Leg and Core Training

Because you can bring the straps right down, you can use the rings to train your lower body with such exercises as Bulgarian Split Squats and lunges. Due to the increased intensity of the instability these moves provide a challenging workout using just the rings and your bodyweight. They are especially beneficial when they follow on from a heavy weight exercise like squats.

Gymnastic rings are fantastic for training the core. Every exercise that you can do on a static pull up bar can be done on the rings, with the inherent instability of the rings making them far more effective.

Working your abs on a pair of gymnastic rings will give you greater benefit, both in terms of ab strength and visual appeal, than pounding away with crunches or sit ups. In fact, you don’t even have to do specific ab exercises to get impressive results. Just by doing pull ups and push ups on the rings, you’ll be getting in a very effective abdominal workout.

Versatile Grip

A big advantage of training on the rings is that it is possible to change your grip during an exercise. This can make certain exercises more effective. It also allows specific muscles to be better stimulated. An example is the ring dip. By moving your hands from a pronated to supinated grip position as you transition from the positive to the negative part of the movement you are able to more directly stimulate the muscle fibers of your inner pecs. This is something that you are unable to do when performing dips on a static pair of dipping bars.

You can also switch up the hand positioning by using only one ring and grabbing it on the top for an overhand grip

Better on the Joints

Because they are not fixed in place, gymnastic rings are able to better adapt to the natural position of the joints. This means that overload of the ligaments and tendons can be avoided on certain exercises.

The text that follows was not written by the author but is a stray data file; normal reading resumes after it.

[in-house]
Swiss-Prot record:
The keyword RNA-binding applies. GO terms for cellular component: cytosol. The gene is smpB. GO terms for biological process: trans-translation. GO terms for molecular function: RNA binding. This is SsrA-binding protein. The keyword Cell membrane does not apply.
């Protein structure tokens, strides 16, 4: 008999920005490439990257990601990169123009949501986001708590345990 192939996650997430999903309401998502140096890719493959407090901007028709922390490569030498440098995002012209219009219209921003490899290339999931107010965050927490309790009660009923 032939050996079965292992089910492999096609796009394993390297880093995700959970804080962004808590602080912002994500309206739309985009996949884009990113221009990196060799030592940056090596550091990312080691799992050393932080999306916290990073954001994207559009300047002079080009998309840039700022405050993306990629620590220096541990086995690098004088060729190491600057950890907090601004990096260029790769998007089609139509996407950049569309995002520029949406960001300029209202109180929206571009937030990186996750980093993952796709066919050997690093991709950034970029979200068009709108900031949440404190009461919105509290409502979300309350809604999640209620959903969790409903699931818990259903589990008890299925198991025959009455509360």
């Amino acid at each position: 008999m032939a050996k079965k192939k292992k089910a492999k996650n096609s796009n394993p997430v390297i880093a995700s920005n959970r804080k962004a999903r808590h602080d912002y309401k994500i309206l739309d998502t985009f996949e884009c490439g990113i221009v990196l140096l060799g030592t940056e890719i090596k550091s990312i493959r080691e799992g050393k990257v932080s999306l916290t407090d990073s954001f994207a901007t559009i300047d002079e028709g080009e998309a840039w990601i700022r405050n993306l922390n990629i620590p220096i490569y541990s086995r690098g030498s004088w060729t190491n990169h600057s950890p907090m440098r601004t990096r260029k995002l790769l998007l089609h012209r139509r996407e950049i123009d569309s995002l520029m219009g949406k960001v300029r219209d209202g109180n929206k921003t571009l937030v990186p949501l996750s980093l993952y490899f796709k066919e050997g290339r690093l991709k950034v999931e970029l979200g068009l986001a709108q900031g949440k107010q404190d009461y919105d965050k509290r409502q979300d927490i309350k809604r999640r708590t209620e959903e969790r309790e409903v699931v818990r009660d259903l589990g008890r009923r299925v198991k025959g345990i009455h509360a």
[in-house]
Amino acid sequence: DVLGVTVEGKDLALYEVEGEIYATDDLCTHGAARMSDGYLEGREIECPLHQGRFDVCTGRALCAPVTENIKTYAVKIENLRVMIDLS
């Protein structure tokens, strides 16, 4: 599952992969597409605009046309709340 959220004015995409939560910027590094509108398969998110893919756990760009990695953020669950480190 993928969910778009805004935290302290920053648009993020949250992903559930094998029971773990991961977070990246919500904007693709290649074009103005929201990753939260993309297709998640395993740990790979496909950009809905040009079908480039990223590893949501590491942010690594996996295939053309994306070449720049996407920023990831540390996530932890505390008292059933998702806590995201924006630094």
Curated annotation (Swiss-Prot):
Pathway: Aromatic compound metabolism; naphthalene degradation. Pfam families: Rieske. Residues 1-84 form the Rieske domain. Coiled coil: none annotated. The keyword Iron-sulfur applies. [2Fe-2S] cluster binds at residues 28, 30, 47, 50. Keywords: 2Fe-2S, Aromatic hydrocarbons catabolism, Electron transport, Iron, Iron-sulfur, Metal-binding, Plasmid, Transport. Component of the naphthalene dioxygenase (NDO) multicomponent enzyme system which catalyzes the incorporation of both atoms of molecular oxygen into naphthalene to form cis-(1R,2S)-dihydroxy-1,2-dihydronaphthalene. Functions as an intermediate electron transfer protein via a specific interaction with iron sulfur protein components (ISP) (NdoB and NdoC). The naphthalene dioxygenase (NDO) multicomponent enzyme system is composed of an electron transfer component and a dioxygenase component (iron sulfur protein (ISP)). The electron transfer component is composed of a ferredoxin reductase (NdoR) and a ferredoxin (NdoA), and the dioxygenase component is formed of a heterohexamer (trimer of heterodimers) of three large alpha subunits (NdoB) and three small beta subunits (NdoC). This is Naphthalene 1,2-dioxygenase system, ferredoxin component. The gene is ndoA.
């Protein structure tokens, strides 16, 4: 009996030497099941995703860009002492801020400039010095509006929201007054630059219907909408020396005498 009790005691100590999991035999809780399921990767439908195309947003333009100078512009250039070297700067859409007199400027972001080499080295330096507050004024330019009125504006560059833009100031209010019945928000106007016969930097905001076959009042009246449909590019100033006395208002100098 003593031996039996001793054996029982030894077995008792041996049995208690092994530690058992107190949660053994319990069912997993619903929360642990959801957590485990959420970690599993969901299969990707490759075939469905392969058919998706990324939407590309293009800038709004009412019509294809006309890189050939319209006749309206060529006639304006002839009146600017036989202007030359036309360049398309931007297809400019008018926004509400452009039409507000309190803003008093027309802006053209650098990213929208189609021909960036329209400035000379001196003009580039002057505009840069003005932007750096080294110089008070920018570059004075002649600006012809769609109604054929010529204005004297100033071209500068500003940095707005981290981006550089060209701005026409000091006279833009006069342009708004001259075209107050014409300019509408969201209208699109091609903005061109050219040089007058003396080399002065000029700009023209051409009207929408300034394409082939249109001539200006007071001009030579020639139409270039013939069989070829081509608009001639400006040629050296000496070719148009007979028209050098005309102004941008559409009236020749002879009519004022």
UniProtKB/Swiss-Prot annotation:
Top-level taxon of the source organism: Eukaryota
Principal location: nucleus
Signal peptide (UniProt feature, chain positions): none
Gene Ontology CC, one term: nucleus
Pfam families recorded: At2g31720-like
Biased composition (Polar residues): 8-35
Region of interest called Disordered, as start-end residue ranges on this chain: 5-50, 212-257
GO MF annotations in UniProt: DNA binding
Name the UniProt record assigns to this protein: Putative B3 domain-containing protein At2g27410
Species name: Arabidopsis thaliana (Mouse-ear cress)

When you do moves such as pull ups and dips on the stationary bar, you are not able to move freely. This may lead to shoulder pain. When you’re on the rings, however, you have freedom to move naturally and can even change from a pronated to a supinated or neutral grip mid-movement.

Great Strength Builder

When you watch a top level gymnast in action, everything looks so easy. They perform mid-air feats of balance or contortion with seemingly no effort at all. But don’t let that fool you. What they do requires an incredible level of functional strength. And they didn’t develop that strength with barbells and dumbbells. It was pretty much all done on the rings.

It is interesting to note that there is little strength transference from traditional weight room exercises like squats, deadlifts and the bench press to your strength and performance on the gymnastic rings. That is why gymnasts generally steer clear of the weight room. But, there is great transference the other way. Doing exercises on the rings will make you stronger on all of the main gym lifts.